We are all concerned that the person soliciting may actually be casing your house and neighborhood for burglaries.  Even if you do not give someone money or buy their products, someone else in your neighborhood may become a victim.  Call the police anytime you feel the person or solicitation is possibly illegal.  It is also a good idea to let your neighbors know, in case the solicitor tries to victimize them also.


In Berkeley, the following rules apply to solicitors:

  • Solicitors must have a solicitor/vendor permit in their immediate possession and show it on demand.
  • Hours for door to door solicitation - 8:00am to 7:00pm, seven days a week.
  • Unlawful to enter any property that is posted No Soliciting, No Peddling, No Agents or other similar verbiage.  This does not include religious organizations or groups.
  • Soliciting defined - sell, take orders, offer to sell, offer to take orders for merchandise, wares, goods or anything.
  • Solicitor permits are issued through the Finance Department after each solicitor's background is screened by the Berkeley Police Department.  The company that hires the solicitors must also have a business license in Berkeley.
Ford truck



    Since January 7, 2015, the Berkeley Police Department has had 22 thefts and 5 attempted thefts of Ford Econoline and F-Series Trucks.  Although all models are at risk, the most popular models seem to be the Econoline E250, E350 and the F150, F250, F350 manufactured between 1990 - 2012.  The auto thefts are occurring in all geographic areas of the city.


    The Berkeley Police Department has several recommendations in an effort to decrease your vulnerability to this type of crime.

  • Don't leave your vehicle unlocked
  • Never leave your vehicle running, especially while it is unattended or unlocked
  • Do not leave a spare key near your vehicle
    Many people keep a spare key under the car, just in case they get locked out.  Thieves know exactly where to check for an extra key. While getting locked out of your car is a pain, think about the potential hassle of your car getting stolen.
  • Install an audible alarm system and a visible anti-theft device.
    Car thieves tend to avoid cars with alarms or anti-theft devices because they attract attention when they go off.  These devices are well worth the investment.
  • Install a vehicle immobilizer system (Kill Switch).
    Thieves can bypass your ignition by "hotwiring" your car.  You can prevent this by using a vehicle immobilizer system such as fuel cut-offs and smart keys.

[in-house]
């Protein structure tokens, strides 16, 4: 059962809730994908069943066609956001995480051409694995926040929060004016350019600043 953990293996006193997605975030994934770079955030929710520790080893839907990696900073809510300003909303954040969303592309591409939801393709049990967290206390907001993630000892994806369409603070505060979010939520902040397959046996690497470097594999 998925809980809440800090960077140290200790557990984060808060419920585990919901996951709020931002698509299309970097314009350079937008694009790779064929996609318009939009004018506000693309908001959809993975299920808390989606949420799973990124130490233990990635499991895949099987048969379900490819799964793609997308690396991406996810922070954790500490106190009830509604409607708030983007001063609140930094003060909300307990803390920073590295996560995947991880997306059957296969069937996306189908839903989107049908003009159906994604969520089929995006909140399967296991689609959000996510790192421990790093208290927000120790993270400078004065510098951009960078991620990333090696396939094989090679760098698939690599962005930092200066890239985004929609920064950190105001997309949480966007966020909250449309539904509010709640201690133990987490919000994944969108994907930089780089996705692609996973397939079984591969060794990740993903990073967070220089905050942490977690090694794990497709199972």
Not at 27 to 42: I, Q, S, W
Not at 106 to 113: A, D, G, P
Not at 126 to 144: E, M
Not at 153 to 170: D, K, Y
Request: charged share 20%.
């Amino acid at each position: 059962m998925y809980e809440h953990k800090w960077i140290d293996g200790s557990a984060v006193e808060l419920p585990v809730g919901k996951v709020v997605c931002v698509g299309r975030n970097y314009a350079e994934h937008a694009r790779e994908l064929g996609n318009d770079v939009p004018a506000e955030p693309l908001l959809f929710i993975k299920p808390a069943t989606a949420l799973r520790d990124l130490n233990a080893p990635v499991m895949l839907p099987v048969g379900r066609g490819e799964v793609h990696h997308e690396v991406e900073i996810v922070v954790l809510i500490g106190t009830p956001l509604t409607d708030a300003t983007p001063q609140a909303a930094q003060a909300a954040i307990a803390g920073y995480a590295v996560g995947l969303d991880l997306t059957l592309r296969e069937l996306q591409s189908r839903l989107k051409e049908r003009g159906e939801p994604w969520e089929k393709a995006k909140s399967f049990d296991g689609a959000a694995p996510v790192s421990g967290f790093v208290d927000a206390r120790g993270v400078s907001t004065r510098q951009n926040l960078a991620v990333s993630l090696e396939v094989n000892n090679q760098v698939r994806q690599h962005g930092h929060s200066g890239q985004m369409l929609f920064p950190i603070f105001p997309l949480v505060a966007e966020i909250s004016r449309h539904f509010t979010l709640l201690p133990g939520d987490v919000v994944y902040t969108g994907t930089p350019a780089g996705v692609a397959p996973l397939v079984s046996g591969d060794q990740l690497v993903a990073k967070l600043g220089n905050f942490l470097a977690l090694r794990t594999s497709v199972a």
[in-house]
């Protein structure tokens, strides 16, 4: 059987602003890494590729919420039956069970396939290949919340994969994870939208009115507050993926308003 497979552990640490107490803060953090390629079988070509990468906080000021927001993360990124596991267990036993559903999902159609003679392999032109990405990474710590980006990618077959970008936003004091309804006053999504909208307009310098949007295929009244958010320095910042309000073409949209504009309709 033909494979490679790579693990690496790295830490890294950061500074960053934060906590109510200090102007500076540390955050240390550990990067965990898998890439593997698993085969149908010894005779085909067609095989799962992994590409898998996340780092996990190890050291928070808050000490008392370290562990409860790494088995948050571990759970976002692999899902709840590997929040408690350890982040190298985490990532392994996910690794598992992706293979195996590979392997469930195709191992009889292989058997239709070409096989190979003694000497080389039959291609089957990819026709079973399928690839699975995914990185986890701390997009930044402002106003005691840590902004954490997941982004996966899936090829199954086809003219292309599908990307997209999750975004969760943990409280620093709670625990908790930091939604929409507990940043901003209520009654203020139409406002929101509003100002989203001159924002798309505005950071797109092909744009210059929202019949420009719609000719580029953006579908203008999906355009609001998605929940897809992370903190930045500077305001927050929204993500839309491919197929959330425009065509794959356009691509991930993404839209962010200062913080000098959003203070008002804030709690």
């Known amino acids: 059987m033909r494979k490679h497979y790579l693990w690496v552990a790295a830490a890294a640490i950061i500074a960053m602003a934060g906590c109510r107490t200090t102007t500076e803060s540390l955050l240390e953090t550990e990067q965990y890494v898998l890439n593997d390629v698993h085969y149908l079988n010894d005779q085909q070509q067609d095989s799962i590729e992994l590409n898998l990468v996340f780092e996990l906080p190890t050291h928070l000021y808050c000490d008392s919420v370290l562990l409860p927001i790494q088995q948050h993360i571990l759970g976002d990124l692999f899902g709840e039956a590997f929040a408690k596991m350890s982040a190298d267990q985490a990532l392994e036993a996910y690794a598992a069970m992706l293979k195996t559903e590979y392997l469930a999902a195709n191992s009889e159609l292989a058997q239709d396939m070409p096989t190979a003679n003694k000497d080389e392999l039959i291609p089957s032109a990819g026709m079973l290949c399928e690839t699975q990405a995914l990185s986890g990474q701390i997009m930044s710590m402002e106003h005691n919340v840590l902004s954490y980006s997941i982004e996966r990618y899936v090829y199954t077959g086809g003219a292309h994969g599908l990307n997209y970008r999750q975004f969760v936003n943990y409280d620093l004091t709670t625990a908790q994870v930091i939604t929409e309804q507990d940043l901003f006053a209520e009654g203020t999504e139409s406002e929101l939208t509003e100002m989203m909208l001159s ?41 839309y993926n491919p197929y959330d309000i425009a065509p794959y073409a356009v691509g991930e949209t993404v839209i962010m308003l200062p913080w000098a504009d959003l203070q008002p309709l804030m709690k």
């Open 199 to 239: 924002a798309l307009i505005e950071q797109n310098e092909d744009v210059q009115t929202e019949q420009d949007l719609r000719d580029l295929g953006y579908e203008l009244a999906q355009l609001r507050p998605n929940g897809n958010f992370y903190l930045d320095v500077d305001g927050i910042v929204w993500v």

• Consider installing a GPS tracking system.
    When your car is stolen, this tracking system will emit a signal to the police of your vehicle's location.  This may help the police recover your vehicle faster and may minimize the damage to your car.  This may be a good investment if you live in an area with high auto theft rates.
  • Don't leave valuable personal property, equipment or tools in your vehicle
    Often times car thieves are most interested in the tools and equipment inside the truck or van.

    If your vehicle is stolen be sure to report it as soon as possible to the Berkeley Police Department.  Please have your vehicle license plate written down if you don't have it memorized.  


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Phone charger  


    Unplug battery chargers when batteries are fully charged or when chargers are not in use.  Many chargers draw power continuously, even when a device is not plugged into the charger. If you see a red or green light on your charger, it is using electricity.



    Daylight savings time starts at 2am on Sunday, March 8th.

    Set your clocks ahead one hour before going to bed Saturday night, March 7th.

   The Berkeley Fire Department encourages you to change the batteries in your smoke detectors and carbon monoxide detectors when you set your clocks forward.  These detectors save lives only when the batteries are working!  A working smoke detector more than doubles a person's chances of surviving a home fire.  More than 90 percent of homes in the United States have smoke detectors.  However, it is estimated that one-third have worn-out or missing batteries.
  For maximum protection, test your batteries every month and replace them when the time changes twice a year.
    Click here for more information regarding smoke & carbon monoxide detectors.

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Susan Wengraf
Berkeley City Council District 6